The Virginia opossum’s rat-like appearance and association with filth leads many people to associate it with disease. In the last few years, many people have been alarmed by headlines about opossums spreading murine typhus in Los Angeles, and it has reignited fears about this gentle marsupial.
No mammal actually spreads murine typhus. Typhus is caused by dangerous bacteria spread through the poo of a specific type of flea, known to some as the “cat flea.” Cat fleas, as their names suggest, prefer to snack on kitties and are often found in enormous numbers in colonies of feral cats. Cat fleas have also been found on the bodies of dogs, mice, rats, and, most recently, opossums. They most likely made the jump from cats to opossums when opossums dined with feral cats at outdoor feeding stations.
Any time a human touches an animal with cat fleas, there is a risk that the flea could jump from the animal to the human, bite the human, and poop on the human’s skin. If the person scratches their skin and gets the flea poop in an open cut, they might catch murine typhus. All of this requires a series of very unlikely events happening at the same time, and opossums aren’t a likely culprit.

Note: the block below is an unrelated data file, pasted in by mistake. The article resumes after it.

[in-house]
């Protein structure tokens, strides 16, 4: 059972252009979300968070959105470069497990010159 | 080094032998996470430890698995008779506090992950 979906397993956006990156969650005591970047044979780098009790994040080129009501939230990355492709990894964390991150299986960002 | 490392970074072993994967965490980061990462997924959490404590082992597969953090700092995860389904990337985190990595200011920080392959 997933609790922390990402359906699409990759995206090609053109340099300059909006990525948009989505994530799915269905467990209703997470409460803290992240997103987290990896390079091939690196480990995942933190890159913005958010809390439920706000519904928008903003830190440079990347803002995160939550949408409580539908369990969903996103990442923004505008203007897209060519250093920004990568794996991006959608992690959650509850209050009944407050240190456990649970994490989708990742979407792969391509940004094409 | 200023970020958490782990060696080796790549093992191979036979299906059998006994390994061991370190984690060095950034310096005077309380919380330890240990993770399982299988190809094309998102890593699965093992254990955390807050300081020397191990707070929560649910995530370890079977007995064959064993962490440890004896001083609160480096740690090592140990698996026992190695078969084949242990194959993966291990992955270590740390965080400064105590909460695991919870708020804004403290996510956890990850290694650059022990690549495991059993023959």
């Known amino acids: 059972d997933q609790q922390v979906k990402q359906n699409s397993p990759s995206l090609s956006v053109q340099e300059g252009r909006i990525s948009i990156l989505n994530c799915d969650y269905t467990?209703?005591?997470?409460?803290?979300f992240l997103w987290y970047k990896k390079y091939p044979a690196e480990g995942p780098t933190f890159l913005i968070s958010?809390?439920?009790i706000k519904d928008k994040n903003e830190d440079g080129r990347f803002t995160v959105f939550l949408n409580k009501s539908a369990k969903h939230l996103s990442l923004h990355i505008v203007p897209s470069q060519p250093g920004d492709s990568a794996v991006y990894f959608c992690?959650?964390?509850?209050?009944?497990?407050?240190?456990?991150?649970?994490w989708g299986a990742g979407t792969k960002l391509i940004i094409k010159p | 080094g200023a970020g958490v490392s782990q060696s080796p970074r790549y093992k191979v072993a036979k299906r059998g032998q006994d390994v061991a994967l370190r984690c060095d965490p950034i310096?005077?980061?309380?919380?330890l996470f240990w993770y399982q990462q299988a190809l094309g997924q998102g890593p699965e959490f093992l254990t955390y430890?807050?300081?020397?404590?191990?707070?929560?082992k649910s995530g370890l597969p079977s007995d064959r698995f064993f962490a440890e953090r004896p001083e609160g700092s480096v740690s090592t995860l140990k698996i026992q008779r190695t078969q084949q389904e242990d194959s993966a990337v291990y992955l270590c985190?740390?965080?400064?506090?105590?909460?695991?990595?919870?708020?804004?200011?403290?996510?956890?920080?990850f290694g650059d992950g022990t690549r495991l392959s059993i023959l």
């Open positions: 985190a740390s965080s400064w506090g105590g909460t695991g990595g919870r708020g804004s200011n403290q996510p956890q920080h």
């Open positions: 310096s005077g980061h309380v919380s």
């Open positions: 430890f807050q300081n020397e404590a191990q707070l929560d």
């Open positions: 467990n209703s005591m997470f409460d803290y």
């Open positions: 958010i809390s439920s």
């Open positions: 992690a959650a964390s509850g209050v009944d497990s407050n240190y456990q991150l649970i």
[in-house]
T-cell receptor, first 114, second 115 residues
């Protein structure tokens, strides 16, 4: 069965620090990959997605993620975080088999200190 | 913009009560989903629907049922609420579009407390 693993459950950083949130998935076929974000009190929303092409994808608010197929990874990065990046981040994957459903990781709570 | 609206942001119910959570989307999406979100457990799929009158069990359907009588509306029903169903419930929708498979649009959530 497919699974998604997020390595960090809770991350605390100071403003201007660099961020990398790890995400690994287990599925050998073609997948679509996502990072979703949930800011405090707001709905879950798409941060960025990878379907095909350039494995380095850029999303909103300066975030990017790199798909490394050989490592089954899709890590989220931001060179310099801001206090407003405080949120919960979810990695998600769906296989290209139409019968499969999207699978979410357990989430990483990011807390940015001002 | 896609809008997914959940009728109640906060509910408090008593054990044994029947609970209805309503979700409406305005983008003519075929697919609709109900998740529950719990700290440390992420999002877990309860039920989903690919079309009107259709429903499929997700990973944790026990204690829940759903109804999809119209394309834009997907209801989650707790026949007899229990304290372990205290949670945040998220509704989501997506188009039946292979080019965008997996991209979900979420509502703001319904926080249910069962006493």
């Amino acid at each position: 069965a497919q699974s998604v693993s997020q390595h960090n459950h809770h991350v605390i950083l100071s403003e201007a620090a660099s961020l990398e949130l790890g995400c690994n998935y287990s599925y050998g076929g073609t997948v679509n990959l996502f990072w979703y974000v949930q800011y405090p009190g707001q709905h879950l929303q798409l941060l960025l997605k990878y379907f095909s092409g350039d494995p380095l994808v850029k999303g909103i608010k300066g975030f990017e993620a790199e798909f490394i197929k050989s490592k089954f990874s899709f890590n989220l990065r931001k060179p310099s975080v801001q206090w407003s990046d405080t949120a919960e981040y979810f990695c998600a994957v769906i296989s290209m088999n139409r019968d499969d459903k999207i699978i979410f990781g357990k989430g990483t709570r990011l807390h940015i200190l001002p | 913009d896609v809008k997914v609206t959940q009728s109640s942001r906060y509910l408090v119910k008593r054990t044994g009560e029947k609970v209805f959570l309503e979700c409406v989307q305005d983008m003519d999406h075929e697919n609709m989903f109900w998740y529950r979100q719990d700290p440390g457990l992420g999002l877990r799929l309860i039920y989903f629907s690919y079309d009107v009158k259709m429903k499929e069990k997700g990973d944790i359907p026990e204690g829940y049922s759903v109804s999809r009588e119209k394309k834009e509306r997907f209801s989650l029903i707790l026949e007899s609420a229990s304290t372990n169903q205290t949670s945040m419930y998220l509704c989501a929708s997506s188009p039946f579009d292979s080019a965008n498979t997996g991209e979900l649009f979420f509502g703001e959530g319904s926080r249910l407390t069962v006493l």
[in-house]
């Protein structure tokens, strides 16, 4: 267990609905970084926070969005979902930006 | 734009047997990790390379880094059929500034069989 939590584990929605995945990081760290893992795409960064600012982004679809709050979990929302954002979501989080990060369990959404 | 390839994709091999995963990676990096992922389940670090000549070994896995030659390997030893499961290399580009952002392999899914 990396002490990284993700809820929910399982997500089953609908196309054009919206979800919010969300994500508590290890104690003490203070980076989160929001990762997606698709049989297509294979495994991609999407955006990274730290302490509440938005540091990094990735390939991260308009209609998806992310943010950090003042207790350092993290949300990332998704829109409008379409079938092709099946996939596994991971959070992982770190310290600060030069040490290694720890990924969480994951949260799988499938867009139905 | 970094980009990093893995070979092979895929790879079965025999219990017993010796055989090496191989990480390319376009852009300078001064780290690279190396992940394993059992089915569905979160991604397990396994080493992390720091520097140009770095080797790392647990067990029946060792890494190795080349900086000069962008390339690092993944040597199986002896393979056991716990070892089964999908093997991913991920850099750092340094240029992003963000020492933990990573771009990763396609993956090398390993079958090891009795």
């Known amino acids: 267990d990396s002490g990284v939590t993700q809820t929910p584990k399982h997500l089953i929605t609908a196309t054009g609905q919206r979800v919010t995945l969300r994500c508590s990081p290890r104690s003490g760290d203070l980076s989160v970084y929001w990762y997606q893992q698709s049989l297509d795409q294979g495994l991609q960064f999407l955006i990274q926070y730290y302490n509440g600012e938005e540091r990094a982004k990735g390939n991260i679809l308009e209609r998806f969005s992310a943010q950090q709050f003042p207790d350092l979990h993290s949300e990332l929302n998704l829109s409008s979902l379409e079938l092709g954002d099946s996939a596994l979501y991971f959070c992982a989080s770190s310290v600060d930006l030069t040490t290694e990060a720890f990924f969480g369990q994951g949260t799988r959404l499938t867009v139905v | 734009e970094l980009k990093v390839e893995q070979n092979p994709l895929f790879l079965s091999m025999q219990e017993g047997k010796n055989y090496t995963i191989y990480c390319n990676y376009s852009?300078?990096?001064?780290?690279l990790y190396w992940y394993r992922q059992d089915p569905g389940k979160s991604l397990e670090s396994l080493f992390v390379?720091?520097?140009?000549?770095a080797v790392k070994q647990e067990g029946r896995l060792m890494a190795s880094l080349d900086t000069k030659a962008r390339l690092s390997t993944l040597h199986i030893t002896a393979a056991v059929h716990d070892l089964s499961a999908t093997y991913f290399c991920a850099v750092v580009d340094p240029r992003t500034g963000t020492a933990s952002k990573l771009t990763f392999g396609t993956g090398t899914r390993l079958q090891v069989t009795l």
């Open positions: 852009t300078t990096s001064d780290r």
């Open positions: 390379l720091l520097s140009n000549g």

The most important way to prevent murine typhus is through avoiding exposure to cat fleas. If you have pets, use effective flea treatments year-round. Use good home hygiene and effective pest control to keep flea-carrying rodents away from your house. If you have a flea infestation in your home, address it promptly.
If you do see a cat, dog, or wild animal— including an opossum— that needs help, please don’t handle it without gloves and call a professional, licensed rescuer to assist. But unless you’re personally handling opossums without gloves on a regular basis, your odds of catching murine typhus from them are nearly nonexistent.